Context: Although the prevalence of obesity has markedly increased among US adults, health risks vary according to the severity of obesity. Persons with class 3 obesity (body mass index [BMI] > or = 40) are at greatest risk, but there is little information about this subgroup.
Objective: To examine correlates of class 3 obesity and secular trends.
Design, setting, and participants: Adults (aged > or = 18 years) in the United States who participated in the Behavioral Risk Factor Surveillance System telephone survey between 1990 (75,600 persons) and 2000 (164,250 persons).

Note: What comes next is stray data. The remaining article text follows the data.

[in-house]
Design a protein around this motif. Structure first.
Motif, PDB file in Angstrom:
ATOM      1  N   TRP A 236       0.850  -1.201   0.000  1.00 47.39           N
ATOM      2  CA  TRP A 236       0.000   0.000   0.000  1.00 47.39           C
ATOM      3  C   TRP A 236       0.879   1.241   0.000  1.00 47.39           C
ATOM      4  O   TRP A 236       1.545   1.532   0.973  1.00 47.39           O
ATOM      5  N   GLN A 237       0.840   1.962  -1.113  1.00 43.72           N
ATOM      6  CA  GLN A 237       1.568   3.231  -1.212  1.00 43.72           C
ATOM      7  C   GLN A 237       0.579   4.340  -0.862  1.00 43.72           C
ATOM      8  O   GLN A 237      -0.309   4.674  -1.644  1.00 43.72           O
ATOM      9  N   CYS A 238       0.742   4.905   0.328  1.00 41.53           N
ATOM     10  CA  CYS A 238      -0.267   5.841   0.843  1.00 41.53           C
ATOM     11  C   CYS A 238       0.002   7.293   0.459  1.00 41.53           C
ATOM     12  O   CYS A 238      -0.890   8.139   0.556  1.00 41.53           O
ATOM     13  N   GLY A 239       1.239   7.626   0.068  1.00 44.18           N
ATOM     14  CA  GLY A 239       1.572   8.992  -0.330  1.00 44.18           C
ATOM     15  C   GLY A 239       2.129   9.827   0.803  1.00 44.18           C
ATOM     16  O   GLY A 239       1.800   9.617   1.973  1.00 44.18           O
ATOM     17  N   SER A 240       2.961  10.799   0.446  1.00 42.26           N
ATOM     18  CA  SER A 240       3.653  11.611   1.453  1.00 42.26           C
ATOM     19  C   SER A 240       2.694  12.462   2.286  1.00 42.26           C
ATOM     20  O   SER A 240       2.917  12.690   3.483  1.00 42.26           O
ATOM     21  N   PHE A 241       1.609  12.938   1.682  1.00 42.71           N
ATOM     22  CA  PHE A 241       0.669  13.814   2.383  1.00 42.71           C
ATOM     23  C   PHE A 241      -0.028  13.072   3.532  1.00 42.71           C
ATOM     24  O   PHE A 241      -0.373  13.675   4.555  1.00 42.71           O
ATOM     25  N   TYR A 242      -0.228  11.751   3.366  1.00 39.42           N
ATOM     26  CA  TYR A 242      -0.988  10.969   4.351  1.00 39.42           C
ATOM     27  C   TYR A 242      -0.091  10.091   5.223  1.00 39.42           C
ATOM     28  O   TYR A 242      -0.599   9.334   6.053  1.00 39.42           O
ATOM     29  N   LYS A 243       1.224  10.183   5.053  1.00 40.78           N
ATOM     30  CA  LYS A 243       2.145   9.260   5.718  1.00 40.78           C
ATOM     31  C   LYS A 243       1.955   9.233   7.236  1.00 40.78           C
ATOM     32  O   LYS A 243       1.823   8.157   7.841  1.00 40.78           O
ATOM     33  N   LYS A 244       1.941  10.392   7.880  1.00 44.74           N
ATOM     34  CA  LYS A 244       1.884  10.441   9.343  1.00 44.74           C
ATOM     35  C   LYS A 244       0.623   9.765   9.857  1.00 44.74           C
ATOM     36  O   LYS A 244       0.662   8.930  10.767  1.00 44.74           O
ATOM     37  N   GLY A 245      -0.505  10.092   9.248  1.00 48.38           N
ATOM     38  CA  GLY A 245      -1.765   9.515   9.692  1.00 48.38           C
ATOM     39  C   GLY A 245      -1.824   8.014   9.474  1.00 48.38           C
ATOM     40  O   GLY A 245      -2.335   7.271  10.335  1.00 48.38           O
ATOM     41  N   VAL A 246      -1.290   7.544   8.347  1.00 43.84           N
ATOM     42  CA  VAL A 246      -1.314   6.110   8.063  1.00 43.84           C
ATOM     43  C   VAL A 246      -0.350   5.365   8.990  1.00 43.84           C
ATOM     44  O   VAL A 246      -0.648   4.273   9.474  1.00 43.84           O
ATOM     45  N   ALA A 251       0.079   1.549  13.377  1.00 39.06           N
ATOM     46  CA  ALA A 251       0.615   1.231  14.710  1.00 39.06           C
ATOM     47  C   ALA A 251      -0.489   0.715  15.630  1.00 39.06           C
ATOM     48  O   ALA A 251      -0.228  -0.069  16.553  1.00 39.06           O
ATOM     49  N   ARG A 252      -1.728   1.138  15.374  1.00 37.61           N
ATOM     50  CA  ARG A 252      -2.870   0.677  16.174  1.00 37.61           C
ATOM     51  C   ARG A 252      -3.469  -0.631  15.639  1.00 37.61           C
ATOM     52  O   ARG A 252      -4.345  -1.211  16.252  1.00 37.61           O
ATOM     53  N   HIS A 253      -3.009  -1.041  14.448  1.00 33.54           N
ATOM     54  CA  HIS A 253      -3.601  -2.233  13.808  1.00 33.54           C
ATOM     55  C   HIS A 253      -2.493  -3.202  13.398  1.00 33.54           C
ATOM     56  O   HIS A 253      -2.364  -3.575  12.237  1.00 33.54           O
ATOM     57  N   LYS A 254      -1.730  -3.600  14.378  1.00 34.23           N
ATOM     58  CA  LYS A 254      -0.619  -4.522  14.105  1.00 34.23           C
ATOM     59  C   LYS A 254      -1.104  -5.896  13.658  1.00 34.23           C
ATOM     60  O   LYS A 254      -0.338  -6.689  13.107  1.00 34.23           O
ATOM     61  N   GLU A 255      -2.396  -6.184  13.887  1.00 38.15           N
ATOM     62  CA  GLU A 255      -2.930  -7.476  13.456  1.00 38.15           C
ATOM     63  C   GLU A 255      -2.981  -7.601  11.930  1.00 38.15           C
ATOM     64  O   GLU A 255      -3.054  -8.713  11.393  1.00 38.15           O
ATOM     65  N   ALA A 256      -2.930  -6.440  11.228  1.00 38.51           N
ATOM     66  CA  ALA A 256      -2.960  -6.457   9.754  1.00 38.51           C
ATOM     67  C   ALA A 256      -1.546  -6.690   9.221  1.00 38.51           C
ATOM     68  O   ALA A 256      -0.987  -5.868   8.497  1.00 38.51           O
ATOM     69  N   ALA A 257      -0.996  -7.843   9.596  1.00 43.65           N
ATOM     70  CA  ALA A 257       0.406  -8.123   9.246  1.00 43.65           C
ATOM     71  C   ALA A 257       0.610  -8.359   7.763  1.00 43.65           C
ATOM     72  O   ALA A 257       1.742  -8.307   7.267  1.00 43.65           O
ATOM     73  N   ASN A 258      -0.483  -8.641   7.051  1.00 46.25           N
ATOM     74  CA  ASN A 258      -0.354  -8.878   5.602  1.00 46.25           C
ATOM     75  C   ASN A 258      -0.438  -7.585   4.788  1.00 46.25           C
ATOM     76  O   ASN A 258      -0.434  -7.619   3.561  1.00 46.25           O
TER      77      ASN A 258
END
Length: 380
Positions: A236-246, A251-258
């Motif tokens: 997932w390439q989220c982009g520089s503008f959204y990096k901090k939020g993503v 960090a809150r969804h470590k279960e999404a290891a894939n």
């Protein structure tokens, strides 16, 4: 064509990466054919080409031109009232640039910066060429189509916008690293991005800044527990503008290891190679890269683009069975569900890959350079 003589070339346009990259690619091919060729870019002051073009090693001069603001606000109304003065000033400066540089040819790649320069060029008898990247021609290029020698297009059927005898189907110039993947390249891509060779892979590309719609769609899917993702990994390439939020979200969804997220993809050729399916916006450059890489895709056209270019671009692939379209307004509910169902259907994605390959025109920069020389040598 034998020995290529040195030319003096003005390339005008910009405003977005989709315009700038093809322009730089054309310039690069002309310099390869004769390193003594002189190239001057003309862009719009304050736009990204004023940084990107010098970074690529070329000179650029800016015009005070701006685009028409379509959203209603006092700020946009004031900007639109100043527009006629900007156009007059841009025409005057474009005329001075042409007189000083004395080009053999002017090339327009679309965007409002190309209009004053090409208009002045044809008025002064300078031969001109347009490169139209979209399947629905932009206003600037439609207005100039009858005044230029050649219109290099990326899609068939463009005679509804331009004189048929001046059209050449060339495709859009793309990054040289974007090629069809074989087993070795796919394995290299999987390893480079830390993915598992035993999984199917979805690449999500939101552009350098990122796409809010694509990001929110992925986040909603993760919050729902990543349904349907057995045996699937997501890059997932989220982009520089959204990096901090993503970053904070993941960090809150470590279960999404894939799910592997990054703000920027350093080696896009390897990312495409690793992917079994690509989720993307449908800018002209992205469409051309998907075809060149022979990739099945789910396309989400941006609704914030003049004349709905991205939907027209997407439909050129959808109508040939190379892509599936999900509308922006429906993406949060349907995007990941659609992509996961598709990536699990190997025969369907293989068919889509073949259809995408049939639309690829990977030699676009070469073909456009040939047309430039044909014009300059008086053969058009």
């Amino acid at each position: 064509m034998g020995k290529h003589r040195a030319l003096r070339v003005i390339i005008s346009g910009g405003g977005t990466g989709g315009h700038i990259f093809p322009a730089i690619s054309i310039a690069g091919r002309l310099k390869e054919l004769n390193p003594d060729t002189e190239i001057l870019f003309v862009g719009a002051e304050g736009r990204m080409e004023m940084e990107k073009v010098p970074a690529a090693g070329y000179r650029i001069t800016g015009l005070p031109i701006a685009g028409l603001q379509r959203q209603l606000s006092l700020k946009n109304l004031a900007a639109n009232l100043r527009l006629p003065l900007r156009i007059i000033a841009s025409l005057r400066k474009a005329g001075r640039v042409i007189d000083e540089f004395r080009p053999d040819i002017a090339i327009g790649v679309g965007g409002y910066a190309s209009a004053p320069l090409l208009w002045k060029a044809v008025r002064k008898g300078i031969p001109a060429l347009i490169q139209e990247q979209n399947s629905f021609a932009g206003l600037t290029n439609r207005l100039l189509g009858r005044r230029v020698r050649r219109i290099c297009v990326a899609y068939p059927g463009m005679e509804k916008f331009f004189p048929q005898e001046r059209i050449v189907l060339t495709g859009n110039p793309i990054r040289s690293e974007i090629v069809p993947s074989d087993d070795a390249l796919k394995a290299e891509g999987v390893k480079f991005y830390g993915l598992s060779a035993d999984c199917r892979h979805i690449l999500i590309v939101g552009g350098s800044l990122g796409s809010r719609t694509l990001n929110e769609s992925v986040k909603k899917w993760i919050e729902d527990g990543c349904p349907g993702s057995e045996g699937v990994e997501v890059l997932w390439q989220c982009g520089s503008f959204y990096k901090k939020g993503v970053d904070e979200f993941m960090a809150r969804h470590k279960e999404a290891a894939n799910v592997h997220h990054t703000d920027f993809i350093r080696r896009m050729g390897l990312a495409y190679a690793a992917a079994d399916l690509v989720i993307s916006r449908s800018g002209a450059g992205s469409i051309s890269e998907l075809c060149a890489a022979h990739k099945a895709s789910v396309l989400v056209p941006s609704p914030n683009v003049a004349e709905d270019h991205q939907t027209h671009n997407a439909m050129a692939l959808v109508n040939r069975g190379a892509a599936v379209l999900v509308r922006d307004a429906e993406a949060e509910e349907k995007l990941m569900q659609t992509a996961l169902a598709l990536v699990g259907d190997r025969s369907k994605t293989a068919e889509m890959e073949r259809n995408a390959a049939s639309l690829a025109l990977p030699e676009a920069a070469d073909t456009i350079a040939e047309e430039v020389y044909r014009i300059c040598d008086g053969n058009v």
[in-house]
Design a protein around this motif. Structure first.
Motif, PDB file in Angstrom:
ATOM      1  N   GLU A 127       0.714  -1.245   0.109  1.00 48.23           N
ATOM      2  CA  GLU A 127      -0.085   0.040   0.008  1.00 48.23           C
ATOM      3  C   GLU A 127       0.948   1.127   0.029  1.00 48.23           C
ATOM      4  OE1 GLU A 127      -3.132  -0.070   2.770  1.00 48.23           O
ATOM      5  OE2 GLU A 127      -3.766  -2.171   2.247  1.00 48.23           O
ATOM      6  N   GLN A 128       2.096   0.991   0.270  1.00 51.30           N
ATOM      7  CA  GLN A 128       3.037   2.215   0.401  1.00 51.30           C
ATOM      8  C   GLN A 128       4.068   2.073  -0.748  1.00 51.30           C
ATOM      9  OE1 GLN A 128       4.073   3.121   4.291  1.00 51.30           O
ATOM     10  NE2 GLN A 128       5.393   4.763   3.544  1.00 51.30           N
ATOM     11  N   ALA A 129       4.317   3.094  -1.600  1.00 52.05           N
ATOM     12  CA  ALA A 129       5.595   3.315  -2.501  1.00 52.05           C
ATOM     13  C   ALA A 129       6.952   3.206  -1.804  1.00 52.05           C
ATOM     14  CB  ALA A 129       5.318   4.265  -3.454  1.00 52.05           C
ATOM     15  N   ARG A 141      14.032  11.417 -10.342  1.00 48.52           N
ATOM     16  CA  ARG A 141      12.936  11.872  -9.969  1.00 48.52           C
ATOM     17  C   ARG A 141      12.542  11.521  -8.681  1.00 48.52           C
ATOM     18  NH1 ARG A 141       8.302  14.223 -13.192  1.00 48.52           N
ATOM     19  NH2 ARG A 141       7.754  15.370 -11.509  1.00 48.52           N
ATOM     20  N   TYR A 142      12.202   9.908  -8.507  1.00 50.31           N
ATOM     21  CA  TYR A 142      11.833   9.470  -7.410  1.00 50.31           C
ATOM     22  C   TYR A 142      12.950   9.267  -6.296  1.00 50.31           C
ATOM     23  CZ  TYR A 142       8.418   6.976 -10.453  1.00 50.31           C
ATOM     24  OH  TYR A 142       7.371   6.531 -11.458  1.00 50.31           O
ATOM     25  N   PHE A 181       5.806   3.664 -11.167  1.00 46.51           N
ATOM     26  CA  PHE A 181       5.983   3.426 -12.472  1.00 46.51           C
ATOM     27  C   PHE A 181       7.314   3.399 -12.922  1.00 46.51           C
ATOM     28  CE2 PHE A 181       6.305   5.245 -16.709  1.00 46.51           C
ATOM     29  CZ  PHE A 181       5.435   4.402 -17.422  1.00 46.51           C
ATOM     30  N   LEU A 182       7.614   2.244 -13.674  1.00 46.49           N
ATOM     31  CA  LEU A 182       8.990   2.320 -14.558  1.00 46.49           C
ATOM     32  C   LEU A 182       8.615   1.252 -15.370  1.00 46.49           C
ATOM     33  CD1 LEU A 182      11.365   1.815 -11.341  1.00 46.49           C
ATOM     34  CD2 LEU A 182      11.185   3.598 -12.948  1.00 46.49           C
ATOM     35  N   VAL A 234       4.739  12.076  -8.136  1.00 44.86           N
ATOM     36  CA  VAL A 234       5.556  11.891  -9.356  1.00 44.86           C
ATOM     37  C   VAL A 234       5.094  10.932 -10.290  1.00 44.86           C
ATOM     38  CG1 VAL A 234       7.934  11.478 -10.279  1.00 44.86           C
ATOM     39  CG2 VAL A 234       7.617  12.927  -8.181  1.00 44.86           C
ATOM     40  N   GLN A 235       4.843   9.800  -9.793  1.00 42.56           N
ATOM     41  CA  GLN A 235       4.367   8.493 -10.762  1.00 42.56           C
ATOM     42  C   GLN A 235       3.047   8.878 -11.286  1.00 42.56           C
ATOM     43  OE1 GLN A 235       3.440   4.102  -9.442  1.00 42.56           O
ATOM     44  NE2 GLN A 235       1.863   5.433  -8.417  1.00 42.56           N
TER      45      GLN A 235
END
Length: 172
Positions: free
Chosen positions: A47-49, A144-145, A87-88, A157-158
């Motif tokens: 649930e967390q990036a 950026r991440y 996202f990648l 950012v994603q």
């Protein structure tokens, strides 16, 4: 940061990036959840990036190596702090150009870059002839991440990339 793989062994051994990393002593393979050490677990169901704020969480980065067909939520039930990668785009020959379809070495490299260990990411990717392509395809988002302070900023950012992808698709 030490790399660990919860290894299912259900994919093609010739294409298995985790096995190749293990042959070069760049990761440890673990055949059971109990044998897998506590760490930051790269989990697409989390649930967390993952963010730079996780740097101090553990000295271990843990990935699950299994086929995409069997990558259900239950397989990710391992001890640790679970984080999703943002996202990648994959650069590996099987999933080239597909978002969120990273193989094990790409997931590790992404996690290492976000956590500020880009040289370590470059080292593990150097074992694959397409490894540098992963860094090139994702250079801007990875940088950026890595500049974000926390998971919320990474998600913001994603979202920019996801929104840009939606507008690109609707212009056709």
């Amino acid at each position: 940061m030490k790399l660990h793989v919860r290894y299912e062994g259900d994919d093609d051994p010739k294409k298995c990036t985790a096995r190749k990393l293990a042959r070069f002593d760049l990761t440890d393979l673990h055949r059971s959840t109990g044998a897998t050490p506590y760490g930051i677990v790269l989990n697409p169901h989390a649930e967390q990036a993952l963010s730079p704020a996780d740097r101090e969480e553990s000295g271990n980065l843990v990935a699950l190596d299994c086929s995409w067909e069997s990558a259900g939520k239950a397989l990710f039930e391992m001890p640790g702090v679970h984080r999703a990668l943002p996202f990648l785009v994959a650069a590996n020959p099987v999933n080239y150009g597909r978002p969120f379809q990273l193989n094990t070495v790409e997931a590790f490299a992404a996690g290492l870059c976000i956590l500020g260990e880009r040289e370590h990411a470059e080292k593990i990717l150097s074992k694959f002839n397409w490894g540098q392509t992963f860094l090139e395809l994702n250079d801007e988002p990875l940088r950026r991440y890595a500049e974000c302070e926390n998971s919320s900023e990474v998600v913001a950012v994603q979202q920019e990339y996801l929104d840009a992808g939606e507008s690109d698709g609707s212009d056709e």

Main outcome measure: Body mass index calculated from self-reported weight and height.
Results: The prevalence of class 3 obesity increased from 0.78% (1990) to 2.2% (2000). In 2000, class 3 obesity was highest among black women (6.0%), persons who had not completed high school (3.4%), and persons who are short. During the 11-year period, the median BMI level increased by 1.2 units and the 95th percentile increased by 3.2 units.
Conclusion: The prevalence of class 3 obesity is increasing rapidly among adults. Because these extreme BMI levels are associated with the most severe health complications, the incidence of various diseases will increase substantially in the future.